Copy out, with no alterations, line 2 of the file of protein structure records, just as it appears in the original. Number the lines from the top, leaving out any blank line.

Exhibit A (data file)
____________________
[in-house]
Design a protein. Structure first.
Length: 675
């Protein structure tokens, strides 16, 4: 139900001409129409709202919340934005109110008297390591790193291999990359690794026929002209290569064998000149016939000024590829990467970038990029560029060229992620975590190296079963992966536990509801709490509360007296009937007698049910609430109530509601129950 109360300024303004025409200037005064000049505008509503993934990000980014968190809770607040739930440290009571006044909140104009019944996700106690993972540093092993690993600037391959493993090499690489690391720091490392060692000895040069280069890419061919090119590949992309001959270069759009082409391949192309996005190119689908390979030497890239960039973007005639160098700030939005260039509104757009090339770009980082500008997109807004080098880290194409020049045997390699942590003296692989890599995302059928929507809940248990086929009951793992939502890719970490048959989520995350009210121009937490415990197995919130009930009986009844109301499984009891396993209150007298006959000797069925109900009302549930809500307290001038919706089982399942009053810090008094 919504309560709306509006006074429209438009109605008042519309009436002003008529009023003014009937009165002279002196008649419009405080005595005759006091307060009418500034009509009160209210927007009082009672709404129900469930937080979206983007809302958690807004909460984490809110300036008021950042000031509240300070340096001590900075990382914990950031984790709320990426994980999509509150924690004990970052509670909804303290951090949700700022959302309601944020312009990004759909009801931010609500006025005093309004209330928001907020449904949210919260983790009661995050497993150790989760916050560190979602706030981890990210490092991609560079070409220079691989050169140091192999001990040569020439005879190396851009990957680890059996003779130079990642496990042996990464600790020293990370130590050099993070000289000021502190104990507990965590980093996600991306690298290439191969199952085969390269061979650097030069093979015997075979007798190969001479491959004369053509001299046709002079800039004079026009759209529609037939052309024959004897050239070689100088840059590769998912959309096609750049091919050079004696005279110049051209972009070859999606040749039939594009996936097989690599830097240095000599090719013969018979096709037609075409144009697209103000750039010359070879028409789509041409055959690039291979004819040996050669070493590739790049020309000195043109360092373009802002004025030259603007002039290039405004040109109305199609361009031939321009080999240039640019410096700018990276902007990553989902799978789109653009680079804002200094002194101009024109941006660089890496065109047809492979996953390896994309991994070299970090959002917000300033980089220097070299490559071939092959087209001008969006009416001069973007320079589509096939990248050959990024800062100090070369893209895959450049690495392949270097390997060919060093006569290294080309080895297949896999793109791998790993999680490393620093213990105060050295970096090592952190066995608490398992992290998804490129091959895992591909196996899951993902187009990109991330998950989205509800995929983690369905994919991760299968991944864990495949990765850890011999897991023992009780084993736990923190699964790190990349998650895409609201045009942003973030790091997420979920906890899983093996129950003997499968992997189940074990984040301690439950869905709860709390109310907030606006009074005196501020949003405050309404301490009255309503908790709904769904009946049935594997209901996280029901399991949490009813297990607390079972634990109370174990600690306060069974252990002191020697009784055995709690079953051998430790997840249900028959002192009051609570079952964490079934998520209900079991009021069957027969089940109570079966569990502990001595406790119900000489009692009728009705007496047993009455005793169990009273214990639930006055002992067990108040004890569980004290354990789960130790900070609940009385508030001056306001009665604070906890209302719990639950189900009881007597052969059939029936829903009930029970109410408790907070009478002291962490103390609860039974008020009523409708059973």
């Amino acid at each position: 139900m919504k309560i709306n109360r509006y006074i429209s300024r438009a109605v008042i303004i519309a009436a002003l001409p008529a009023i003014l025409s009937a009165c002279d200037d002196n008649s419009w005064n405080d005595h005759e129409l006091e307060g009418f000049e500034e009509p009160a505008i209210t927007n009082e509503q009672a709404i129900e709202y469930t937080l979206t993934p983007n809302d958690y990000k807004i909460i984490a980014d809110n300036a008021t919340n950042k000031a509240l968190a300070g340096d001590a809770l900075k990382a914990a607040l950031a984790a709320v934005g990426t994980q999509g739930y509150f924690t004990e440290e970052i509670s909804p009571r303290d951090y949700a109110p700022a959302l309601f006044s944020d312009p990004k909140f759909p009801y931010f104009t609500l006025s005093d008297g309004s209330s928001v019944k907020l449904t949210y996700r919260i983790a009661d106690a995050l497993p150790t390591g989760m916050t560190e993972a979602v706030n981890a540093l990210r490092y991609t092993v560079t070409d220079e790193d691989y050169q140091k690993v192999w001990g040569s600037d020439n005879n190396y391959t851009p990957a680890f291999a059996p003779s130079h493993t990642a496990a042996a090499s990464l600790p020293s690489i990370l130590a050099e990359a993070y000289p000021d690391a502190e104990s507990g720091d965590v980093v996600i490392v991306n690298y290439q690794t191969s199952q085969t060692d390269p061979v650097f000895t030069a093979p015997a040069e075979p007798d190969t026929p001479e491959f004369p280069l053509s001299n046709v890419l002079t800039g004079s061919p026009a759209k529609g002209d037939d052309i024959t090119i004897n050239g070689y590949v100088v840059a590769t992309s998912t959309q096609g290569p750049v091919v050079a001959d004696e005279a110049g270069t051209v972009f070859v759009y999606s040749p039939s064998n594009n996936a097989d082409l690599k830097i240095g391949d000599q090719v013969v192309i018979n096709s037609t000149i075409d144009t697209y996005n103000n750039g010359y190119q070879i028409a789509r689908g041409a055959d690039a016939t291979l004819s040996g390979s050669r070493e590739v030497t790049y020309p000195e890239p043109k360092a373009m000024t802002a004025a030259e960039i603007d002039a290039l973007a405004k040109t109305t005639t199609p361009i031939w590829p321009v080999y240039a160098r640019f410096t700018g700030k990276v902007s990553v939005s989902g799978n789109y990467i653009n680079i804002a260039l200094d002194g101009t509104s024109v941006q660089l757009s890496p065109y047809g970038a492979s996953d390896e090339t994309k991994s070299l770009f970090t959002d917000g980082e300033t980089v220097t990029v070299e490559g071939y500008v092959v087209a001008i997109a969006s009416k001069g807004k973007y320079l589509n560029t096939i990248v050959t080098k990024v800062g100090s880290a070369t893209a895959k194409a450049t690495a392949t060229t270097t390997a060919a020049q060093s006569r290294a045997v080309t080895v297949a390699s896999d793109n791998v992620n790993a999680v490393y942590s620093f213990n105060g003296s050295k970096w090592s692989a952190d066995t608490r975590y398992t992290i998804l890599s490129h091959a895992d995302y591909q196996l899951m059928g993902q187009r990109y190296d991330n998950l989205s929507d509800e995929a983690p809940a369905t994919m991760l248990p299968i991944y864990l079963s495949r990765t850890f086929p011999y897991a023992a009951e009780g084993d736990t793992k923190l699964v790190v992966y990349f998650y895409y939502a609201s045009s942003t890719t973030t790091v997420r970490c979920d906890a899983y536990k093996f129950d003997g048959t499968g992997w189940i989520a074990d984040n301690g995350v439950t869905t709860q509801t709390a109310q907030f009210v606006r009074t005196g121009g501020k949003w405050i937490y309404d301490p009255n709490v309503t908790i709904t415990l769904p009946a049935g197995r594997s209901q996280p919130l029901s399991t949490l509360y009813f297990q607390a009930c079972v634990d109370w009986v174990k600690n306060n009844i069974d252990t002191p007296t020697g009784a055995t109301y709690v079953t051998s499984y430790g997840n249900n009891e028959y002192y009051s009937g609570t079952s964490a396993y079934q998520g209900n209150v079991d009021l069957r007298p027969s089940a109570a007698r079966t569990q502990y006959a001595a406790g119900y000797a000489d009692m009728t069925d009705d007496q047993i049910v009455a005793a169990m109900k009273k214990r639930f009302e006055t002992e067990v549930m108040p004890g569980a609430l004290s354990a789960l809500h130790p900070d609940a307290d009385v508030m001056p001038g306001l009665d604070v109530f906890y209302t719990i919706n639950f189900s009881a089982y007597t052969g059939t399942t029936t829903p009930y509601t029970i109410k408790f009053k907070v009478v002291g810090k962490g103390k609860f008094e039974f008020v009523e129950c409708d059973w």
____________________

Design a protein. Structure first.